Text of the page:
Libya’s NOC expects to increase…
The oil market has signaled…
A U.S. appeals court blocked on Monday the enforcement of a US$9.5-billion judgment against Chevron Corporation (NYSE:CVX), upholding a lower court ruling that had found that a pollution judgment against the U.S. oil major in Ecuador was the product of fraud and racketeering, and therefore, unenforceable in the U.S.
In March 2014, U.S. District Judge Lewis Kaplan ruled that the case against Chevron in an Ecuadorean court was the product of fraud and racketeering orchestrated by a New York lawyer, concluding that the judgment should not be enforced. Judge Kaplan said the case had been corrupted by American lawyer Steven Donziger and Ecuadorean lawyers, who allegedly submitted fraudulent evidence and coerced and bribed an Ecuadorean judge to rule in their favor in 2011.
The 2014 court ruling found Donziger to have violated the federal Racketeer Influence and Corrupt Organizations Act (RICO) in the lawsuit in Ecuador, committing money laundering, extortion, wire fraud, witness tampering, and obstruction of justice.
The ruling was appealed, but on Monday, the United States Court of Appeals for the Second Circuit upheld unanimously this verdict, thus awarding victory to Chevron, which is still being sued in several courts over water and soil pollution in Ecuador’s rainforest as Ecuador tries to take yet another bite at the apple.
Although Chevron has never operated in Ecuador, it bought in 2001 Texaco Petroleum (TexPet), which was a minority shareholder, together with Ecuador’s state-owned Petroecuador, in an oil-production consortium in Lago Agrio between 1964 and 1992. After returning its share to Petroecuador in 1992, Texaco remedied the areas and was fully released from further environmental liability, Chevron said in its statement on the latest court ruling.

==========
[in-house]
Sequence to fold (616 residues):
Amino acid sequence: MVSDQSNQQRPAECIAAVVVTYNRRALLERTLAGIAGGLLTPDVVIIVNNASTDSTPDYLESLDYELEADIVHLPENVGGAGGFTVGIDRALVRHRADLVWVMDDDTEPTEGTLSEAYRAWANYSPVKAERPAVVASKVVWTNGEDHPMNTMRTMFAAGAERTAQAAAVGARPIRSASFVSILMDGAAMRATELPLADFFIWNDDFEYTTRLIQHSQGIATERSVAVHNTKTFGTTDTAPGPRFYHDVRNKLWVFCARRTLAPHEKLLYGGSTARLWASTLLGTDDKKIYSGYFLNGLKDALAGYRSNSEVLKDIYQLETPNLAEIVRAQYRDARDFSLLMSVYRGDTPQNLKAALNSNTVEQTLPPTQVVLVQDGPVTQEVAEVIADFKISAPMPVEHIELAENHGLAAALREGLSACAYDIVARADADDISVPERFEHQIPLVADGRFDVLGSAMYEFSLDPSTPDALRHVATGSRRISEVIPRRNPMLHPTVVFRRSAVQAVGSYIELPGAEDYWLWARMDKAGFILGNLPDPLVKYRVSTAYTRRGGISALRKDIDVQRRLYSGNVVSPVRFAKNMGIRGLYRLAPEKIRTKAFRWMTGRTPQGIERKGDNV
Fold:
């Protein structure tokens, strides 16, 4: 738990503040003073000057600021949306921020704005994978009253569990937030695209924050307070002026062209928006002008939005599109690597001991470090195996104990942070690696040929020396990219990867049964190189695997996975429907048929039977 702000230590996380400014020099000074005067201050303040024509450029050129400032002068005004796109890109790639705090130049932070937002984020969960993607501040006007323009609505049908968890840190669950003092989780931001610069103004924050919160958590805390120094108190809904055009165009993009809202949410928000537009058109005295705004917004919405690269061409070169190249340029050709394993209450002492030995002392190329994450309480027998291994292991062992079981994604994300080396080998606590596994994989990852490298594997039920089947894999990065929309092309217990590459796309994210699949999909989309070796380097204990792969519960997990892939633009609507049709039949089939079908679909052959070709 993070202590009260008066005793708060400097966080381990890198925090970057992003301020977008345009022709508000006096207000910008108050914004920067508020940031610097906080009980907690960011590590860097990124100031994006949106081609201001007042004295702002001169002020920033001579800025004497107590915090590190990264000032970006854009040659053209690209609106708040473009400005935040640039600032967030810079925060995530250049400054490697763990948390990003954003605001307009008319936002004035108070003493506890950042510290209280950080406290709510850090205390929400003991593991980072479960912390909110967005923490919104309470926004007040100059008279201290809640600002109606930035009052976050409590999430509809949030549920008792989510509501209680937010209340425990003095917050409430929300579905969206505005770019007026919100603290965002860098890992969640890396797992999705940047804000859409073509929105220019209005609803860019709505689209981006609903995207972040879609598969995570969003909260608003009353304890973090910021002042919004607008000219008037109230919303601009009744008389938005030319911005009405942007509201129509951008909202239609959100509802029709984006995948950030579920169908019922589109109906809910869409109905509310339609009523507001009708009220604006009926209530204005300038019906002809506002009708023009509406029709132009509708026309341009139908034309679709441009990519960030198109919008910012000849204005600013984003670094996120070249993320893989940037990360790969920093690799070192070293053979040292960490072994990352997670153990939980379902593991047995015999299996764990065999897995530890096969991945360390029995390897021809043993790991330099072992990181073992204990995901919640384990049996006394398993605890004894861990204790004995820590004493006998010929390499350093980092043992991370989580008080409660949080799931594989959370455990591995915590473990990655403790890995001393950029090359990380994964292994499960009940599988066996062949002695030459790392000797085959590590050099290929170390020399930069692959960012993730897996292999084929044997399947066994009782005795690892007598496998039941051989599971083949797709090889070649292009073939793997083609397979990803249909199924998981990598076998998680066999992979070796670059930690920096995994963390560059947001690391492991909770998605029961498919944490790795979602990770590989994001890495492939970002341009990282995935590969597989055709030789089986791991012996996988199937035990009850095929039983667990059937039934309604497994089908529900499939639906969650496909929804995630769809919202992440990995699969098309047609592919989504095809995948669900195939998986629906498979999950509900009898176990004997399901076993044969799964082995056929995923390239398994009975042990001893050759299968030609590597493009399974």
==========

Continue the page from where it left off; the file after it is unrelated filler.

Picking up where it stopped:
The court saga started in 1993 when American lawyers sued over pollution, which they claimed affected around 30,000 indigenous villagers in Ecuador’s Lago Agrio region. A court in Ecuador initially ordered Chevron in 2011 to pay US$19 billion, but later halved the judgment. Chevron refused to pay and sued Donziger to challenge the award.
In May 2015, Brazil’s Deputy Prosecutor General also recommended that the Ecuadorian judgment not be recognized for enforcement.
By Tsvetana Paraskova for Oilprice.com
More Top Reads From Oilprice.com:
Tsvetana is a writer for the U.S.-based Divergente LLC consulting firm with over a decade of experience writing for news outlets such as iNVEZZ and…